Wednesday, January 18, 2006

From the mailbag...

Got some email on the previous post re: Lipa Shmeltzer.

Michael writes:
More on Lipagate:

In Monsey, the local 'Community Connections' ad book had a 'kol korei' indicating that no household should buy or listen to 'tapes' (that's the yiddish word, too, 'tapes') that have treife influences. It didn't specify which ones. Every subsequent ad for a music recording, though, delineates each track and indicates which 'chasidus' it comes from. Vocalists are described as "chasidish and warm," niggunim are described as "inspiring and heartfelt." There's clearly a move to tout 'authentic' chasidish music as separate from the 'frei' chasidish music.

Which brings me to another point. I recently saw Isaac Honig at a Melava Malka, and he put yiddish words to "The Lion Sleeps Tonight" by the Tokens, and he sang a bunch of other oldies with a yiddish twist. I guess this is what the 'rabbonim' are afraid of. A musician wants to move beyond the 'holy courtyards' of chasidishe compositions and stumbles across goyishe music, and because it's catchy and eminently playable (it's based on the evil rhythms of darkest africa, remember?), he's sucked in. And the treifene culture claims another victim. Another one bites the prust.

In terms of Lipa himself - It doesn't help that a 'gay kiss' rumor started circulating some months ago about an on-stage show of affection between Lipa and another guy. Stories get blown out of proportion, and there's always a vaad somewhere that's read to go with the kol koreis. Nebech.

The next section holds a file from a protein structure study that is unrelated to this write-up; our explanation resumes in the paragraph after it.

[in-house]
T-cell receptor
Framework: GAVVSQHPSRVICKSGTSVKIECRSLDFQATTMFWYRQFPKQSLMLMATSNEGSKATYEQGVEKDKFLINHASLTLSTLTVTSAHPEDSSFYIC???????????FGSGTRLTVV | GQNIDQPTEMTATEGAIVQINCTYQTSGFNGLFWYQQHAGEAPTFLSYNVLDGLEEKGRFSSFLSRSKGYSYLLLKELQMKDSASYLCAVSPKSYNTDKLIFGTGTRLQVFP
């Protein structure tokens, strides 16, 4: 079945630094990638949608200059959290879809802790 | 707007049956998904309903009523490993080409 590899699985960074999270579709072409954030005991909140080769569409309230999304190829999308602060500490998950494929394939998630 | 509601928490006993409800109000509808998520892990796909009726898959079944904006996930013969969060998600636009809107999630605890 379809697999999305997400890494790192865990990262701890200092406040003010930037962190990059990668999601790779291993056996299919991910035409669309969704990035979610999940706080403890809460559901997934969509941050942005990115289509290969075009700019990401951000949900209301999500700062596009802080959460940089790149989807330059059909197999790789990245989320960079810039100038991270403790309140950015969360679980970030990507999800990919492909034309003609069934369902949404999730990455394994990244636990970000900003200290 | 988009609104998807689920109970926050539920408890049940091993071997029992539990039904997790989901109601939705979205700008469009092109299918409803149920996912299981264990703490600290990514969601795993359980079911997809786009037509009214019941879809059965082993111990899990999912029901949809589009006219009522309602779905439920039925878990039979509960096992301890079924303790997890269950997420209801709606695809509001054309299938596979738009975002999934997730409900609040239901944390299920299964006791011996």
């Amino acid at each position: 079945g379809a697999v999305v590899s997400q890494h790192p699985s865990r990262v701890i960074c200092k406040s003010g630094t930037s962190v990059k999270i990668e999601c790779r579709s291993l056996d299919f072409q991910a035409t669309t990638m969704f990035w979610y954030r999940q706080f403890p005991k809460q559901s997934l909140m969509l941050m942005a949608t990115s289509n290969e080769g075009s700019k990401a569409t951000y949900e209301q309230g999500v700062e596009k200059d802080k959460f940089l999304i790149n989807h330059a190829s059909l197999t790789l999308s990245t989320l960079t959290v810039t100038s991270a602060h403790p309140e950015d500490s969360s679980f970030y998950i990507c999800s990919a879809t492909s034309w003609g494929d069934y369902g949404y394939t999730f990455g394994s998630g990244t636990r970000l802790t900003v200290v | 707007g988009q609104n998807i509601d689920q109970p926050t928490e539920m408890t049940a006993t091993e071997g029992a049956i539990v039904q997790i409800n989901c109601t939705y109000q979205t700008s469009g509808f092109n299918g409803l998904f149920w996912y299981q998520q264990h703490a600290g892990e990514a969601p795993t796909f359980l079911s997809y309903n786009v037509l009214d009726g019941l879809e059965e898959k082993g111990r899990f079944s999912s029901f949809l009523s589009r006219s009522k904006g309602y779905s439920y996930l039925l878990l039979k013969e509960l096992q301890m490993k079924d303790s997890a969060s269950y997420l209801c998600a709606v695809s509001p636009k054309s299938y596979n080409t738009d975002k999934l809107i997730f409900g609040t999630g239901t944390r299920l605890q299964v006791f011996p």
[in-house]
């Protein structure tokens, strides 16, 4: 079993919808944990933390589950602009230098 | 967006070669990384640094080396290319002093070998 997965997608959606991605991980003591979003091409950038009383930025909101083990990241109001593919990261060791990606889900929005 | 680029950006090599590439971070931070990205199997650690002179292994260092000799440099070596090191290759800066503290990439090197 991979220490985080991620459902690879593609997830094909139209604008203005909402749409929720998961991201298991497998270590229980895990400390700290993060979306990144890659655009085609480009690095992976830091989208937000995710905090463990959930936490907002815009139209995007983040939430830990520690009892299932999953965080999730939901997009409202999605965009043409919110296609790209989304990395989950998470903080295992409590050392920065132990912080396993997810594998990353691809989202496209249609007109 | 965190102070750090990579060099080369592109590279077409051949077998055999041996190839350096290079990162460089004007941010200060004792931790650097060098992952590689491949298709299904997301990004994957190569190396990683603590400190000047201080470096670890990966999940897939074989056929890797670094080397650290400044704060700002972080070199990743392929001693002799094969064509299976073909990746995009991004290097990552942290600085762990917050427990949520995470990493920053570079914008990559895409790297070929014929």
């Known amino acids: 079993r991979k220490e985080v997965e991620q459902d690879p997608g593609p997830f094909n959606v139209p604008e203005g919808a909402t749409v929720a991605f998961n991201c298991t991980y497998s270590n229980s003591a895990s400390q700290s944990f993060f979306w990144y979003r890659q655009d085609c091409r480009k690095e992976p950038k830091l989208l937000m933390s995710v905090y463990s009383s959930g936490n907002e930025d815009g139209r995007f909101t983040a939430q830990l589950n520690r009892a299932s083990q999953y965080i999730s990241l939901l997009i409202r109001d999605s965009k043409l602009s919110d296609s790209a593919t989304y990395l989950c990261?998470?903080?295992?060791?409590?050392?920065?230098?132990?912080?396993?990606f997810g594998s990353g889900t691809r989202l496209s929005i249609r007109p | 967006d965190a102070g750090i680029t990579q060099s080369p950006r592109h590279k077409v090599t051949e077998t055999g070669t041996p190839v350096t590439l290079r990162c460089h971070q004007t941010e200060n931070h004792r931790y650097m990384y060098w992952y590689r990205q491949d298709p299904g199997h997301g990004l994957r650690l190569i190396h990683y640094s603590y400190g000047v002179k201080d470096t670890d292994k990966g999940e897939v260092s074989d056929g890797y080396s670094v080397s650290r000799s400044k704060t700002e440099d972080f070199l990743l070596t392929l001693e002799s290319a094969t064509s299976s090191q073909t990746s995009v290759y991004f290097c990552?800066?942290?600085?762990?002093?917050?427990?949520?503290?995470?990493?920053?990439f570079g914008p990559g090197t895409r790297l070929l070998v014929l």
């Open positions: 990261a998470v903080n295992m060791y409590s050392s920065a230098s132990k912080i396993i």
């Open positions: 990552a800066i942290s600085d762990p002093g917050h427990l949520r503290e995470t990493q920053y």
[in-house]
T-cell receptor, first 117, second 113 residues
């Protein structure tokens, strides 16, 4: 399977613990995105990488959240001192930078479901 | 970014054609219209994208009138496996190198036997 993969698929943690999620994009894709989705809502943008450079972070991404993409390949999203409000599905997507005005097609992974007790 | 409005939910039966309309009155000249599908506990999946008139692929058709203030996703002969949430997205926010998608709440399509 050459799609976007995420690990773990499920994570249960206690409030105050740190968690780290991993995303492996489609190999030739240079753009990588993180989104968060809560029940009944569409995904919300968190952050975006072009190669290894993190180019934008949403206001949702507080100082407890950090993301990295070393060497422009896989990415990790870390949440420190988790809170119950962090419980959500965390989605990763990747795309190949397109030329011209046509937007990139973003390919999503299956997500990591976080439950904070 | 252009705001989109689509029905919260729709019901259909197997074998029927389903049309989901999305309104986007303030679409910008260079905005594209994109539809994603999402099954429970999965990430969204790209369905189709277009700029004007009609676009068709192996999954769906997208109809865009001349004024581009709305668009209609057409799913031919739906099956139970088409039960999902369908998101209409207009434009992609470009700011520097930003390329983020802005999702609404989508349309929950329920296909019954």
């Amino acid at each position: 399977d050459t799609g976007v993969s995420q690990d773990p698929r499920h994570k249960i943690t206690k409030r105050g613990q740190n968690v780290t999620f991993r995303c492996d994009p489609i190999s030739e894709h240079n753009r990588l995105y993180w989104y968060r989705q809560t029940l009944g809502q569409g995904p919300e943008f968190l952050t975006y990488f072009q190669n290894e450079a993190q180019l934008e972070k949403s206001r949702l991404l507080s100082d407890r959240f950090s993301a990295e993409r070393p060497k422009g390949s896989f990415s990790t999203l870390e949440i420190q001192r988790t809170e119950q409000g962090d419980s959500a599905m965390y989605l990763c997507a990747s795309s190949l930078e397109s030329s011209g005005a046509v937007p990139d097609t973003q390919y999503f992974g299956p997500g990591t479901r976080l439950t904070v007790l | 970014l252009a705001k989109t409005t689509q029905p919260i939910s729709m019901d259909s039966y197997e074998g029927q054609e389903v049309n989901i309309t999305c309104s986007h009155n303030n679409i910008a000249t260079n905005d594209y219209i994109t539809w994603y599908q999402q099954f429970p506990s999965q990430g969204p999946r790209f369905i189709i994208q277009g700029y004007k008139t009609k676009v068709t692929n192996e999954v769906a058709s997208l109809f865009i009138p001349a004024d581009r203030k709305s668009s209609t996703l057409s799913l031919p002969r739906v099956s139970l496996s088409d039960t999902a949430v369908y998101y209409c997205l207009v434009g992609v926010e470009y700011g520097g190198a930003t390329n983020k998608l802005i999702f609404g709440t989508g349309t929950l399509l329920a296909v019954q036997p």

So what's the deal? How do professional musicians feel about it? Are we of the opinion that 'authentic' chasidish music is 'min hashamayim,' or do we accept that those compositions were influenced by contemporary music the same as current ones are?

What happened to the concept that Velvel Pasternak documented, being "makdish zein a niggun?" Is that practice no longer allowed? Are only rebbes allowed to do it?

I think this is an important topic to explore.
Rhondda writes:
Last time I wrote you, I mentioned I'd ordered Mysterious Creatures. It came. I read it. I had to read it fast because my daughters 12 and 10 were nudgenudgenudging me for it.

Disclaimer:: I'm not really "of" the world affected by its ban....

...I saw in it something very interesting; I saw in it an approach to teaching kids to think about the natural world and the torah in ways that respect both.

I'm gonna buy multiple copies and give them for bar-bat-mitzvah gifts. If any of the tenuously-Jewish-identified kids in Hong Kong who receive it become frum enough to one day discover it was banned, think of the surprise that'll be!
And Shmuel forwards the following picture: